New Faculty Bridge Black Studies and STEM
- Erika Johnson
- Erika Johnson - email@example.com
- Erika Johnson
How does racial disparity halt scientific progress? In what ways does gender bias impact technology development? Students at UC San Diego don’t have to choose between pursuing knowledge about race and identity or becoming pioneers in science, technology and health. The campus is welcoming 13 new faculty members across eight disciplines who will serve as connection points between the experiences and outcomes of Black and African American people and issues in science, technology, engineering and health.
The vision to grow interdisciplinary study opportunities at the intersection of race and STEM began with a $500K grant in 2020 through the University of California’s Advancing Faculty Diversity Program. The new cohort of faculty members are advancing research on communities of color, diversifying course offerings through the African American Studies Program and providing valuable mentorship for UC San Diego students.
“Advancing faculty diversity is a key priority within UC San Diego’s Strategic Plan for Inclusive Excellence,” explained Vice Chancellor for Equity, Diversity and Inclusion Becky Petitt. “As UC San Diego continues to enroll an increasingly diverse student body, we seek to cultivate an equally diverse faculty who can support an enriching and meaningful teaching and learning environment. We are pleased to welcome these new faculty members whose scholarly work expands research into health equity and science, while simultaneously advancing the excellence of the Black Diaspora and African American Studies Major.”
Bridging the gap between science and equity
For Professor Lisa Jones, training underrepresented minority students in science is a key ambition. As one of UC San Diego’s newest faculty hires in the Department of Chemistry and Biochemistry, Jones plans to develop a course that will center on health disparities in biomedical research. The course will highlight the research that has been conducted, in particular during the context of the COVID-19 pandemic, as well as provide a historical perspective on the past biomedical research within Black communities that were detrimental to the population.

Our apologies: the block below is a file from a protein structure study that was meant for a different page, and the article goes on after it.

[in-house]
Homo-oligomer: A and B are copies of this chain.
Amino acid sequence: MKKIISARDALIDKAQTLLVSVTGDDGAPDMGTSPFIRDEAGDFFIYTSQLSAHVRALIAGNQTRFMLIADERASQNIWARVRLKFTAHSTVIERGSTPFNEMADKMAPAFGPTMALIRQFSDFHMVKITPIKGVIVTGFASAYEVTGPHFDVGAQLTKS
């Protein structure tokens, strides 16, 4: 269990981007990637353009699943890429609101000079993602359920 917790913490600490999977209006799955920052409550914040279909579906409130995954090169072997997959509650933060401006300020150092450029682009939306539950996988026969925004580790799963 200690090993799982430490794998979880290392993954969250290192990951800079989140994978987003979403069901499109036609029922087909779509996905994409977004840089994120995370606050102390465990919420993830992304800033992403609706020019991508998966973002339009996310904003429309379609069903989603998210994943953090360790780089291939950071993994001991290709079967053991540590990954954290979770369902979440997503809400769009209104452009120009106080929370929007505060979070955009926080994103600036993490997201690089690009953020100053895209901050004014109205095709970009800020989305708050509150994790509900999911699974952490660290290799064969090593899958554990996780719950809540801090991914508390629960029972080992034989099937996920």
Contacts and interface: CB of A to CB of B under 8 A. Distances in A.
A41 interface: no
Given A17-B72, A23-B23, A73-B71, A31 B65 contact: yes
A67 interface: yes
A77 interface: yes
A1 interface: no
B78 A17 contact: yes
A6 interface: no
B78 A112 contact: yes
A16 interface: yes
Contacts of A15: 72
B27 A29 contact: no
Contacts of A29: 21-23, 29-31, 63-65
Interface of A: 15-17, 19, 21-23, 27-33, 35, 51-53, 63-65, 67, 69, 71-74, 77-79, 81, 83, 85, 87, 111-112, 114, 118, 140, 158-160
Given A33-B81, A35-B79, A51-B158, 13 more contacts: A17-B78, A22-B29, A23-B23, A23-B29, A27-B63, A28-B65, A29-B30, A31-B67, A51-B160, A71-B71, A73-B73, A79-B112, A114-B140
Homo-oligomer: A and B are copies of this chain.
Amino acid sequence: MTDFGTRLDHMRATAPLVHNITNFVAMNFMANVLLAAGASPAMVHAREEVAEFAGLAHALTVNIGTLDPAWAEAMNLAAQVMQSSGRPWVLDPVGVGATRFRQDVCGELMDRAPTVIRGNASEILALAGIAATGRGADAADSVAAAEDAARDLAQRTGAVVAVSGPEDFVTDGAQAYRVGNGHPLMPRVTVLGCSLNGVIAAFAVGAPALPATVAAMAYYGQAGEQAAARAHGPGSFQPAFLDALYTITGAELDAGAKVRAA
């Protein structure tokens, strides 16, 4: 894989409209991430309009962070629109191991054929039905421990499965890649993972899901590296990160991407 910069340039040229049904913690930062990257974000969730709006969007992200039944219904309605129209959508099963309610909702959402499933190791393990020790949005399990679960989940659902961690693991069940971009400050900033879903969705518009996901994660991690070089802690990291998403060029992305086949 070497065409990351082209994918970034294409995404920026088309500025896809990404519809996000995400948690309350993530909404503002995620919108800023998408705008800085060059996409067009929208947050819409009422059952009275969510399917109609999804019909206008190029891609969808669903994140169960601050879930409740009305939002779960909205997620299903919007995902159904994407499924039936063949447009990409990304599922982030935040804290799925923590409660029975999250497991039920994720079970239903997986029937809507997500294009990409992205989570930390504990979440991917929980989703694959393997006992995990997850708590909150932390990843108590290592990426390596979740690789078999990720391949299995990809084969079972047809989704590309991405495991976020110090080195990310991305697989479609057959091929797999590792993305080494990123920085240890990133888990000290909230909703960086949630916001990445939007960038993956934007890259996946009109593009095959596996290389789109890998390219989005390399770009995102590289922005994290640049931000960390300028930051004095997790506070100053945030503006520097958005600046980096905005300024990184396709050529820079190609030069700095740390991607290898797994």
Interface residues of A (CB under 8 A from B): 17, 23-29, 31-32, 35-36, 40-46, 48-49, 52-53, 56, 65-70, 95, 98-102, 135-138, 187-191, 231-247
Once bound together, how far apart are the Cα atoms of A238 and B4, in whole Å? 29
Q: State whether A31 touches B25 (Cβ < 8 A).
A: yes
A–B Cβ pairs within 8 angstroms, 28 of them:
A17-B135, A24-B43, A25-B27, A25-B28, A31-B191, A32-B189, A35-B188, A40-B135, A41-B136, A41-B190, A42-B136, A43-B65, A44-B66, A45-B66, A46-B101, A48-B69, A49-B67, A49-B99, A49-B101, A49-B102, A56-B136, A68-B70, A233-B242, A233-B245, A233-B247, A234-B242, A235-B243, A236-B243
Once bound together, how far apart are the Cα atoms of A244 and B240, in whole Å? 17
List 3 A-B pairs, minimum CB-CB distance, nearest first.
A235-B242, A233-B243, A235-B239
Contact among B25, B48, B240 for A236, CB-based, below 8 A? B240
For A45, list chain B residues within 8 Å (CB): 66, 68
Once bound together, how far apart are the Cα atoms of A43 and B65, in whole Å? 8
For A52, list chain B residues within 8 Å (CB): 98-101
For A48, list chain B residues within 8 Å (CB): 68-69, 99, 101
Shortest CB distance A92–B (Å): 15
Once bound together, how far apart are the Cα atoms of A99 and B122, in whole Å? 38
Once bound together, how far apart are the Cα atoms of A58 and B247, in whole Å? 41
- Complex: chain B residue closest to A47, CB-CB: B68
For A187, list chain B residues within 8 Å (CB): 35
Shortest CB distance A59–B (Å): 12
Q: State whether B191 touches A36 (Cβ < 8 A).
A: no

Jones is a structural biologist and is interested in how protein structure can lead to function or dysfunction. She develops mass spectrometry-based protein footprinting methods to study protein structure directly in cells and animal models for human disease. Jones then applies these methods for the study of various diseases, particularly those prevalent in communities of color.
The opportunity to bridge Black studies and science through the Advancing Faculty Diversity initiative played a major role in Jones’s decision to join UC San Diego. “I liked the fact they are trying to bridge the gap between STEM courses and the African American Studies department. I also liked that I would be part of a cohort of underrepresented faculty hired close together.”
Alumnus champions the next generation of scientific leaders
Integrating the individuals and history behind science is also an important objective for Hiruy Meharena, including discussing the experiences, injustice and contributions of African American scientists. Meharena completed a doctoral degree in biomedical sciences at UC San Diego in 2015 and has returned to his alma mater as assistant professor of neurobiology and molecular biology within the Division of Biological Sciences.
In addition, Meharena has begun partnering with the PATHS Scholars Program to launch an online platform where middle and high school students from underserved communities can connect with scientists at all levels, from graduate students to postdoctoral fellows and faculty members. The “Ask a Scientist” forum will allow young students to get a glimpse of pathways in STEM fields from diverse scientists.